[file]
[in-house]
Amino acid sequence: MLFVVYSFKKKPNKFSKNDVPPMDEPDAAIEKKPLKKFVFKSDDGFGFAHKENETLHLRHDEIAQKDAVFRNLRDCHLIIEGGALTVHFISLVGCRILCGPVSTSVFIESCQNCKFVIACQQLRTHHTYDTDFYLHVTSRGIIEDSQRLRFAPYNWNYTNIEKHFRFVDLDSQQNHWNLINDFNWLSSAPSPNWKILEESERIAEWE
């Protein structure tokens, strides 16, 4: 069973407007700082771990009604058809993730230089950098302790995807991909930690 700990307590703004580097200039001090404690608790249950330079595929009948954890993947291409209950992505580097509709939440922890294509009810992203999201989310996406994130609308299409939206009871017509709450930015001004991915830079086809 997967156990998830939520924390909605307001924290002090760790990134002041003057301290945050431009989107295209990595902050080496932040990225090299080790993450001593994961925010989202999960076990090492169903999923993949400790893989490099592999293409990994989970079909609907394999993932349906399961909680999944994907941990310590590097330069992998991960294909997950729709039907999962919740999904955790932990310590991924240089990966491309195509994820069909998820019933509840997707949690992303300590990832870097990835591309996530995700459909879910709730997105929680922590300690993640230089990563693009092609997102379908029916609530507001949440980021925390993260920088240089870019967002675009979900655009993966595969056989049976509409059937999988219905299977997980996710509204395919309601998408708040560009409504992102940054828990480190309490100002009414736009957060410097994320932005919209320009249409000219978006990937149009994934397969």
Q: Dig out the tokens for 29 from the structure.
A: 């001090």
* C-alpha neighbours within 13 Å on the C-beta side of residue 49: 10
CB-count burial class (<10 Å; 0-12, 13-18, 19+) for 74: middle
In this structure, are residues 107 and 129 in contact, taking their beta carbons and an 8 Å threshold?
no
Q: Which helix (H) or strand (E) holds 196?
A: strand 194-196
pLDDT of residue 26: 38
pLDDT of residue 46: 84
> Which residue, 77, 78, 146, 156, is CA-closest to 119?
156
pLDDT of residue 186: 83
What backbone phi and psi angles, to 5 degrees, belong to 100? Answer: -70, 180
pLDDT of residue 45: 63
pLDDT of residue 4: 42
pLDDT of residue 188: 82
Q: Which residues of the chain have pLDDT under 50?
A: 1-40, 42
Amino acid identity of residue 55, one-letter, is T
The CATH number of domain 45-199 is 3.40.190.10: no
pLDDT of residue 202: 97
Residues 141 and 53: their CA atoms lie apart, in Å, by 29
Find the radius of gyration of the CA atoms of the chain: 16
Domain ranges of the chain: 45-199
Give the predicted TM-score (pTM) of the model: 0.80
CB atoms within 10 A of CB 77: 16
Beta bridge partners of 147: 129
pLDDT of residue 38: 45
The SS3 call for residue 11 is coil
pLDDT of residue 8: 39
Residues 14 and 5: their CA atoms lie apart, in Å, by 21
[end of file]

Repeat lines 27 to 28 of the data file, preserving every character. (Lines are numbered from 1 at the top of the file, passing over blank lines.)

Find the radius of gyration of the CA atoms of the chain: 16
Domain ranges of the chain: 45-199